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By: Tulahttp://www.fashion-incubator.com/archive/why-sewing-contractors-dont-want-small-lots/comment-page-1/#comment-46225 Fri, 30 Sep 2011 15:36:12 +0000 http://www.fashion-incubator.com/?p=10095#comment-46225 I think this speaks to a bigger overall problem, namely that DEs may know design and marketing, but are lacking in the matter of the economics of business. It’s not just DEs, but a lot of small business people. People buy into the concept of the business being an “idea” and if they can make this idea into a product, they’ll immediately become successful. You see this a lot on entrepreneurship blogs and articles. They all talk about “following your passion” or “turning your idea into millions” — and there’s nothing wrong with passion or eagerness — yet neglect the nitty gritty mechanics of how to get from point A to point B. There’s a whole lot of work to do before you can even think about turning that idea or design into reality.

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By: Paula Hudsonhttp://www.fashion-incubator.com/archive/why-sewing-contractors-dont-want-small-lots/comment-page-1/#comment-46214 Fri, 30 Sep 2011 15:26:50 +0000 http://www.fashion-incubator.com/?p=10095#comment-46214 Oh, yes yes yes. From my end, it’s folks who think, “I just need you to replace a zipper. Why should that cost $15.00?” It takes me much longer to do a repair because I have to deconstruct, repair, then reconstruct so that you can’t even tell I took the garment half part! Which is why I charge through the nose for alterations. I *HATE* them. I’ll do them, if you want to pay me a seriously decent price. Otherwise, no hurt feelings here if you go somewhere else. (Not that I’m equating alterations with what you do!! Tangental identification….)

So I absolutely agree with every word you’ve written. Having been on this end, I have a real heart for “your” end and don’t think for a minute that because what you do is “different” from what I do, it is any less valuable. In fact, just the opposite. If I get this stuff right before I start, it saves me a boatload down the road. It flabbergasts me that people don’t grasp that.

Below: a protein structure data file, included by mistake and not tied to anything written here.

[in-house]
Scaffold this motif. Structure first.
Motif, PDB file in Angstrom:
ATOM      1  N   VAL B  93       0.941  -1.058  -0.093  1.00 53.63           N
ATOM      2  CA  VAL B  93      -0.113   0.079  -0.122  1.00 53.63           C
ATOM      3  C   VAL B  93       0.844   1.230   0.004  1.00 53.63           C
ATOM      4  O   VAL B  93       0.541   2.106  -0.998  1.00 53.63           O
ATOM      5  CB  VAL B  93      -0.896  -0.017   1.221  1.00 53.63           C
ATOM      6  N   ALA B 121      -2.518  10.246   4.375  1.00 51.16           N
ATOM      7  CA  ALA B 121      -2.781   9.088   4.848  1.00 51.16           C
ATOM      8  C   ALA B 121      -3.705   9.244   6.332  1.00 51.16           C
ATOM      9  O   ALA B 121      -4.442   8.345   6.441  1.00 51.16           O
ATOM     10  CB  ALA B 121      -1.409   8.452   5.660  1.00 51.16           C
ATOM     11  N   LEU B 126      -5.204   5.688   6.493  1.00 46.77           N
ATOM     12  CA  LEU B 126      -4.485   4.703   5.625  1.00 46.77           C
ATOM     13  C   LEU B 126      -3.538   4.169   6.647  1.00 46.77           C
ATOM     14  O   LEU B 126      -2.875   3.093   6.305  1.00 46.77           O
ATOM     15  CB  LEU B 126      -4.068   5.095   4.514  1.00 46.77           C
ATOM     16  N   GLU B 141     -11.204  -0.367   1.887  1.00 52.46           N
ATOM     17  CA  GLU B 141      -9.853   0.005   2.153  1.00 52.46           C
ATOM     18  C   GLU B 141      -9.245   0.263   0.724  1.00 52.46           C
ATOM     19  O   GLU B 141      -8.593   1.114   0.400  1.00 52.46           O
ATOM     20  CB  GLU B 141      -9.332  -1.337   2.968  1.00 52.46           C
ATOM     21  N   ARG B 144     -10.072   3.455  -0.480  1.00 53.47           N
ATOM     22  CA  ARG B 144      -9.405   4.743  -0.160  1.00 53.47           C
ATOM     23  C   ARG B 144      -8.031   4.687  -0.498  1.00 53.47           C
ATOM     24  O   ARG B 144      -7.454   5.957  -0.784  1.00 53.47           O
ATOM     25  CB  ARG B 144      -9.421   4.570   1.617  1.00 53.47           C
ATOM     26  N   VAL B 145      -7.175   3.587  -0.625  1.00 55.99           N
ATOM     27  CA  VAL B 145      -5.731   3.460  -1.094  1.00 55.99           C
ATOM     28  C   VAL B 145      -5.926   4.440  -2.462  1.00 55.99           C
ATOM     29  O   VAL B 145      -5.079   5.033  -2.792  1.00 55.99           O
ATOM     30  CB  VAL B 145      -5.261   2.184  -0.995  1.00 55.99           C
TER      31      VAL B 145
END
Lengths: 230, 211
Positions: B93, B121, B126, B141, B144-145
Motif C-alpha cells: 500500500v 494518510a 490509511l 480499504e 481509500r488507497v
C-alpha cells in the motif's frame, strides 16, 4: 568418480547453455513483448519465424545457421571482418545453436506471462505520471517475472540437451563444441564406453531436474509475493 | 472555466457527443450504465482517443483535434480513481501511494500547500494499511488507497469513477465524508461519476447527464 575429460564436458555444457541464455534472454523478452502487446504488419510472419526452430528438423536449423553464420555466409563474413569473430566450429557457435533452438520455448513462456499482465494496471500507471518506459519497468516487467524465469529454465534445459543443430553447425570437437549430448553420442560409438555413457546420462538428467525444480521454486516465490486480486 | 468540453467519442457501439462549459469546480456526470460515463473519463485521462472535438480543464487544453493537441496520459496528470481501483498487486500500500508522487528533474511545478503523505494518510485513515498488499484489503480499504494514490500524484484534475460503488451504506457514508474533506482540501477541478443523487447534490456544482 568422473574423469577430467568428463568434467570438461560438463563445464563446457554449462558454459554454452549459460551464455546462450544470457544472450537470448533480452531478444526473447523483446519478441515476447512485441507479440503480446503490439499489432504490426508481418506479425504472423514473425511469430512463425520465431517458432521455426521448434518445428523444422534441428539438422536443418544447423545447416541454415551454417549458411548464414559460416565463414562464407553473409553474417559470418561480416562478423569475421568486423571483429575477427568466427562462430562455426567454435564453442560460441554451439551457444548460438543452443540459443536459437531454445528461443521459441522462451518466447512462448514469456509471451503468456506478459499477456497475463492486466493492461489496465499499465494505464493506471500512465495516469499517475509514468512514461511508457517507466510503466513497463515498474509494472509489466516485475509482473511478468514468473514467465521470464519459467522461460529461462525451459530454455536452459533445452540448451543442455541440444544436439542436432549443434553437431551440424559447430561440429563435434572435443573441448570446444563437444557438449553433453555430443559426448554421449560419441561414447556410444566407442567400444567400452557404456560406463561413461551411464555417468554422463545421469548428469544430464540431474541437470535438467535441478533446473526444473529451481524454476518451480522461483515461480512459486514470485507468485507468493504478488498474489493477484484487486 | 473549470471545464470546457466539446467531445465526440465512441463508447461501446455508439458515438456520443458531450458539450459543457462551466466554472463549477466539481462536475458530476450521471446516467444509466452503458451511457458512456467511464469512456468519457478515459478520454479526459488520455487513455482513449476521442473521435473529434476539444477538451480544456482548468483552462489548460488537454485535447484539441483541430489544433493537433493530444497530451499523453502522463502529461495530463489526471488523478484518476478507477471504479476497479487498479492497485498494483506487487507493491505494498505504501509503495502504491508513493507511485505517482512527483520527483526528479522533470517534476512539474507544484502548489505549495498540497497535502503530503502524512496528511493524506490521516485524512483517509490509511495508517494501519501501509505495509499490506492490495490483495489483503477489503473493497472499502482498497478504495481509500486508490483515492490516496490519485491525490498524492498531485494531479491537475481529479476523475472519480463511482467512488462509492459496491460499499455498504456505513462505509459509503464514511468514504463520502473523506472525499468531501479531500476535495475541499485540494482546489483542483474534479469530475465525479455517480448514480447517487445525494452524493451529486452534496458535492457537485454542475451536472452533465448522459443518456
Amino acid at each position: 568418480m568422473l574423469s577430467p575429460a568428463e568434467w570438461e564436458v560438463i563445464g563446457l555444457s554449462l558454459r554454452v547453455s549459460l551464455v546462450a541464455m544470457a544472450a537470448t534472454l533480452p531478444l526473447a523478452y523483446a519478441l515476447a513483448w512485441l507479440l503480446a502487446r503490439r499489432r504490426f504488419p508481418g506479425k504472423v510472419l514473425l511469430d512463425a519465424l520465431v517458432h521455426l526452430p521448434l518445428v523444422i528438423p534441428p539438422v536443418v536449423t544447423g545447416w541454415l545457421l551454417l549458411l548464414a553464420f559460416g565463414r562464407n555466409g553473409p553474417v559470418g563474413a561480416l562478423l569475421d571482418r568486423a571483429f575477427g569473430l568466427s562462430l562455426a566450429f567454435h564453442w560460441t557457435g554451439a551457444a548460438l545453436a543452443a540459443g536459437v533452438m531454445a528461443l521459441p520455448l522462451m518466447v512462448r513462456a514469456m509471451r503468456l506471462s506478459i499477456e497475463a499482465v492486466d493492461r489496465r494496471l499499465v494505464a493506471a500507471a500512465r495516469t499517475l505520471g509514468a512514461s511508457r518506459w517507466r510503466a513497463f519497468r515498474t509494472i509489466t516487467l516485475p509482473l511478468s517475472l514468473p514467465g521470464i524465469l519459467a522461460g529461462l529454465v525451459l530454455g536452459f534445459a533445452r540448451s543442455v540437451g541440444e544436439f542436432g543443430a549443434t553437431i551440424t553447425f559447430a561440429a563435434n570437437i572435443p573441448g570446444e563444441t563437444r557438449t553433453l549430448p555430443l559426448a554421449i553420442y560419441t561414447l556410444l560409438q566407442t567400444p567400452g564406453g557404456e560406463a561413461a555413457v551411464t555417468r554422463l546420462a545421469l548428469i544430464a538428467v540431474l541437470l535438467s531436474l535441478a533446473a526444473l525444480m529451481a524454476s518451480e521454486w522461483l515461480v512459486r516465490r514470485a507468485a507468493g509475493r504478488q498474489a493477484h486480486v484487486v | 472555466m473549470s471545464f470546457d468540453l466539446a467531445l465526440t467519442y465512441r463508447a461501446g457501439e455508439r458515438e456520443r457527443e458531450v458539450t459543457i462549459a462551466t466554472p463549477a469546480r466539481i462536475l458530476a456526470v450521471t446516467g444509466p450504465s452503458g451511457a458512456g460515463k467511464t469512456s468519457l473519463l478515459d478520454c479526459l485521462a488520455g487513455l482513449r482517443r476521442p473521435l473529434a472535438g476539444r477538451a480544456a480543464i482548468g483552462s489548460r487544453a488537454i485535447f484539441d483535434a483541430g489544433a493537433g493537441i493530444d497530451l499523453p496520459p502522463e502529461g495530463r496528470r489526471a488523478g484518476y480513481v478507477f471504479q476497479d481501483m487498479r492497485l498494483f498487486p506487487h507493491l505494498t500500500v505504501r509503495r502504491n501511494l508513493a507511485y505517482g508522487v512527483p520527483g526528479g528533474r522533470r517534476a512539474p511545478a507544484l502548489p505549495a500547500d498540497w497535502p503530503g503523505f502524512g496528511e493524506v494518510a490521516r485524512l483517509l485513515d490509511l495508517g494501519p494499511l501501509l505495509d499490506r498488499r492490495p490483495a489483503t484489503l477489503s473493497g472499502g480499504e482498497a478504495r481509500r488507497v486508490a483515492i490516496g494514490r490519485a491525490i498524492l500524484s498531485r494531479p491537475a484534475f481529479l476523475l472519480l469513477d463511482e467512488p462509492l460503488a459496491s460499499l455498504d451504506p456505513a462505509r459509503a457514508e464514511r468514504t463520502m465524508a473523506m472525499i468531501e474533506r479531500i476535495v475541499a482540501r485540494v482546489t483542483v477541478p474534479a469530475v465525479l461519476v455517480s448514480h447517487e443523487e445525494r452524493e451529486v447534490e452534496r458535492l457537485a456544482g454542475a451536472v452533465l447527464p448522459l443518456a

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By: Faviolahttp://www.fashion-incubator.com/archive/why-sewing-contractors-dont-want-small-lots/comment-page-1/#comment-46172 Fri, 30 Sep 2011 04:11:14 +0000 http://www.fashion-incubator.com/?p=10095#comment-46172 Oh Kathleen!,

You have summed up my life,i am a fashion graduate and i work as a contractor, but i do it ALL myself from patterns to sample and production (yes i’m the one doing the sewing) and sometimes my boyfriend tells me that i work to hard to get so poorly paid by my clients, but i tell him, you never know, i have faith in them. Also i put much pride in the work i do for other people (lots of them aren’t even DE so you can imagine my pride when i see the clothes in the street).

I may not be wealthy, but i think that everyone deserves there chance to make there dreams come true and i’m glad to help them on there way. You never know when there big break is coming and you get that call for something that was worth all the hard work.

Keep writing Kathlenn.